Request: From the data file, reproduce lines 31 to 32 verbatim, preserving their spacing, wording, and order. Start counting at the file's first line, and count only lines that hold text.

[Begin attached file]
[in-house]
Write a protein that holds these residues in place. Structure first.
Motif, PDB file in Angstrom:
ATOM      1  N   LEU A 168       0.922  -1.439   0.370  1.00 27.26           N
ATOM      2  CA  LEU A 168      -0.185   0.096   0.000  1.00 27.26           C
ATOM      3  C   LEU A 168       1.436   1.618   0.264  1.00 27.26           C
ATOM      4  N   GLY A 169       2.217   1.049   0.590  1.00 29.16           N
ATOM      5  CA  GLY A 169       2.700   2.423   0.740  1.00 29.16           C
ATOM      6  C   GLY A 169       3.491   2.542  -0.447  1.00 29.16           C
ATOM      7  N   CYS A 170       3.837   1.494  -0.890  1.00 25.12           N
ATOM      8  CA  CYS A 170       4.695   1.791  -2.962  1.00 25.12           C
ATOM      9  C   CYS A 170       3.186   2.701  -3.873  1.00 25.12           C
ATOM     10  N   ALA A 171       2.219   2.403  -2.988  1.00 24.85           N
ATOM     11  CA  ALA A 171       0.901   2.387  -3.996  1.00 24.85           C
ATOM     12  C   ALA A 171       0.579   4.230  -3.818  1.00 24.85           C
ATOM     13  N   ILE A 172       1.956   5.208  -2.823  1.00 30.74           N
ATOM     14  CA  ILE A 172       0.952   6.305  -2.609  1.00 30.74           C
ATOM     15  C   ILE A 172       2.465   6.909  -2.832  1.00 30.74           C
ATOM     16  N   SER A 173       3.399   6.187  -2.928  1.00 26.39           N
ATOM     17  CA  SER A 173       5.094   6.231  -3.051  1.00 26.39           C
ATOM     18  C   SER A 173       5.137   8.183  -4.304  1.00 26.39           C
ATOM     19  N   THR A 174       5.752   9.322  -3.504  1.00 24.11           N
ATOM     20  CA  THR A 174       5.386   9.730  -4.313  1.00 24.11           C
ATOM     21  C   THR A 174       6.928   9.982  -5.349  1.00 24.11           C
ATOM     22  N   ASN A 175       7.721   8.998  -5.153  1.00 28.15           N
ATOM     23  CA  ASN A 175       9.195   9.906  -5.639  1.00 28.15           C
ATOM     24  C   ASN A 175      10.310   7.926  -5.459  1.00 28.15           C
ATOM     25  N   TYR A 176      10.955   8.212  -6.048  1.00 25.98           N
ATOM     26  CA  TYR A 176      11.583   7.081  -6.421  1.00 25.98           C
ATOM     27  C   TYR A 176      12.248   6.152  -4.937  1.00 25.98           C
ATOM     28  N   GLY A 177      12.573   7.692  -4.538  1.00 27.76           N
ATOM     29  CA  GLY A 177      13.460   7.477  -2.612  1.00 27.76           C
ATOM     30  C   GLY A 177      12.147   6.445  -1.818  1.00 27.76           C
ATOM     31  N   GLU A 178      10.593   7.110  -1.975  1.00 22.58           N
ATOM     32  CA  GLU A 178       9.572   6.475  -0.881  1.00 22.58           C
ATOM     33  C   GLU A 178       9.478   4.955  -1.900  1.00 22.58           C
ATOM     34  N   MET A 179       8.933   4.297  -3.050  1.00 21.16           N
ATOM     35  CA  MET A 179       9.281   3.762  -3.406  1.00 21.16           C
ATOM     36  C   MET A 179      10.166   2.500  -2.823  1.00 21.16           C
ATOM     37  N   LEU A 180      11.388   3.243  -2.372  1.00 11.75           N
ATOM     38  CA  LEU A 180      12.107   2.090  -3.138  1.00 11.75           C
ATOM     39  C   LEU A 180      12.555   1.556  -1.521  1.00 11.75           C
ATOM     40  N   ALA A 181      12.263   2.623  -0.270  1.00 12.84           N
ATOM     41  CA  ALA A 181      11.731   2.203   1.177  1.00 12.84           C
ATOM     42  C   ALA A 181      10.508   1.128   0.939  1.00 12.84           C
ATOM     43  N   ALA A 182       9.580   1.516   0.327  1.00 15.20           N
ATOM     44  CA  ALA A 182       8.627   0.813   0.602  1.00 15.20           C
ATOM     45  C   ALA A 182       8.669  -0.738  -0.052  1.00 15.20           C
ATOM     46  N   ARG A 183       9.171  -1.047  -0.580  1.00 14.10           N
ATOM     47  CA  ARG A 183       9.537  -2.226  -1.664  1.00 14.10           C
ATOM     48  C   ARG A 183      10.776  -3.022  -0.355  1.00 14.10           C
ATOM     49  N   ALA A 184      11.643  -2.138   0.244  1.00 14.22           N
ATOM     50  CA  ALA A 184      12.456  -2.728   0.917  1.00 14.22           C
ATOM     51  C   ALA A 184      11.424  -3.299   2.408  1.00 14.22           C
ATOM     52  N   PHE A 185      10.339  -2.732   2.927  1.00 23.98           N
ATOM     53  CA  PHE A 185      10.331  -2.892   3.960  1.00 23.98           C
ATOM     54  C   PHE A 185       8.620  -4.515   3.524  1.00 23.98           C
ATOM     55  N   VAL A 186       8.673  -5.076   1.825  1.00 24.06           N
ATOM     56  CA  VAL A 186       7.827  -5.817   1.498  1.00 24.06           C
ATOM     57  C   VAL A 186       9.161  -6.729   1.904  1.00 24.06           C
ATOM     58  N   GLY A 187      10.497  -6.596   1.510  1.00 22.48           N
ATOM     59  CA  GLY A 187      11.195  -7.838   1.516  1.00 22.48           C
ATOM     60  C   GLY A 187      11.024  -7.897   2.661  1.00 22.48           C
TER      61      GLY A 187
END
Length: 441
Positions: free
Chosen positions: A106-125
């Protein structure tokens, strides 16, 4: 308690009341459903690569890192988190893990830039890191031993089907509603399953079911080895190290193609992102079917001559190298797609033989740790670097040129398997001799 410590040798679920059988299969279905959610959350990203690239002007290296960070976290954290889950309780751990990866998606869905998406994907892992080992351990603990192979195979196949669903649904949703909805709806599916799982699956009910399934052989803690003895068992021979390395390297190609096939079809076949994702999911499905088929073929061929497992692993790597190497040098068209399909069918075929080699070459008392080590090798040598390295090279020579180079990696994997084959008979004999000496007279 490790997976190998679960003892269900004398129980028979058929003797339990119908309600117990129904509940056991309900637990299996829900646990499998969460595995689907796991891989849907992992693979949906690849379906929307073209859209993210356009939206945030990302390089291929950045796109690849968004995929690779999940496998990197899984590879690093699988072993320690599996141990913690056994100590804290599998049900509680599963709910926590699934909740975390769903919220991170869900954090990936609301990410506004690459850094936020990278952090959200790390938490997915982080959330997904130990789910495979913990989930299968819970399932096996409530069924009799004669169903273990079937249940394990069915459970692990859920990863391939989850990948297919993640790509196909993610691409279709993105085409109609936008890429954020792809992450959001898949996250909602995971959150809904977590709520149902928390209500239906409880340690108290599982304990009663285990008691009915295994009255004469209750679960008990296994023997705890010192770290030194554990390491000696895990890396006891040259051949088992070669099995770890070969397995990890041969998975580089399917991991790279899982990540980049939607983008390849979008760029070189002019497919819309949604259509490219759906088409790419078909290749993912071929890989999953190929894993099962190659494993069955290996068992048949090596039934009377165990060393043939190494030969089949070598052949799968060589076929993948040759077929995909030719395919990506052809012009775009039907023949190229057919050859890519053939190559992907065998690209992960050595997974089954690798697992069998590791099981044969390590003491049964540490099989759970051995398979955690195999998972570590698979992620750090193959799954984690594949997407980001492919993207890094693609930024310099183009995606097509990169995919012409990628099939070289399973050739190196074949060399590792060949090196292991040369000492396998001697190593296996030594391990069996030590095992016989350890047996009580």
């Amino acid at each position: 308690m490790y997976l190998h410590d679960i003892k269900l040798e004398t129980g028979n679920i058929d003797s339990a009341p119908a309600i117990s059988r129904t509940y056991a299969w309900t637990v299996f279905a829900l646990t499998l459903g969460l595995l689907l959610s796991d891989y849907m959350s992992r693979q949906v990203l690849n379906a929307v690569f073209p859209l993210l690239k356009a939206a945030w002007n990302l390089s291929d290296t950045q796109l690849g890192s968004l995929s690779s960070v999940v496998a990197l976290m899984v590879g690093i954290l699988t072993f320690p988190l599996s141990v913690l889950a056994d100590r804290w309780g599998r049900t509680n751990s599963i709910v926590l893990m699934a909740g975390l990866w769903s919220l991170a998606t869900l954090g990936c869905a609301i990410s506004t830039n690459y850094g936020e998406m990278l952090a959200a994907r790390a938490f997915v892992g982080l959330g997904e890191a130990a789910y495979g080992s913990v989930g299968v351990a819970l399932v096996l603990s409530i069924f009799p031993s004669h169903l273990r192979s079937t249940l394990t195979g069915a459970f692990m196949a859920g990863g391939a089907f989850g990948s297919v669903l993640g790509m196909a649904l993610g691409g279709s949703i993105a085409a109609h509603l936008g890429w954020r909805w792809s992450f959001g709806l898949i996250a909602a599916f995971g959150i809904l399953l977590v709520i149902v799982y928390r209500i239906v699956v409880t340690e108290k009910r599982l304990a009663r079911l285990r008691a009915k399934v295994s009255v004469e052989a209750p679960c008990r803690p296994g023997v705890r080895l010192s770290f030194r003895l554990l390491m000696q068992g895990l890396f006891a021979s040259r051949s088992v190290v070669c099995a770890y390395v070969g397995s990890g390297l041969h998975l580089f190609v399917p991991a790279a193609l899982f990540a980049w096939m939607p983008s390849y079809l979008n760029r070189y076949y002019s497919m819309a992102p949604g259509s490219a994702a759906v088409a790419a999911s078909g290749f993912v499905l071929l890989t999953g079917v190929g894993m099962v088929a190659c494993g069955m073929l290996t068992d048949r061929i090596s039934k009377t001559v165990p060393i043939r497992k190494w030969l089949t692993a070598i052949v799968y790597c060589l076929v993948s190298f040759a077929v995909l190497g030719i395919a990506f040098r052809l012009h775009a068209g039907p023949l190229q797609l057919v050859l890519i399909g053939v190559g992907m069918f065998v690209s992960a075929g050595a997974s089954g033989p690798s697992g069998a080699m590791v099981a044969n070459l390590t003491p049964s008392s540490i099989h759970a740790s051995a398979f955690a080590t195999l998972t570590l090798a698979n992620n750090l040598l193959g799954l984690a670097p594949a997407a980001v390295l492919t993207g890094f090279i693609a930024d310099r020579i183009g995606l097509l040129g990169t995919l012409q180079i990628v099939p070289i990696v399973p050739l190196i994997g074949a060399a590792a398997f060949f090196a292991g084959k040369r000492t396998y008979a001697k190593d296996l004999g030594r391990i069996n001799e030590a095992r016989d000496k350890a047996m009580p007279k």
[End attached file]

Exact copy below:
ATOM     28  N   GLY A 177      12.573   7.692  -4.538  1.00 27.76           N
ATOM     29  CA  GLY A 177      13.460   7.477  -2.612  1.00 27.76           C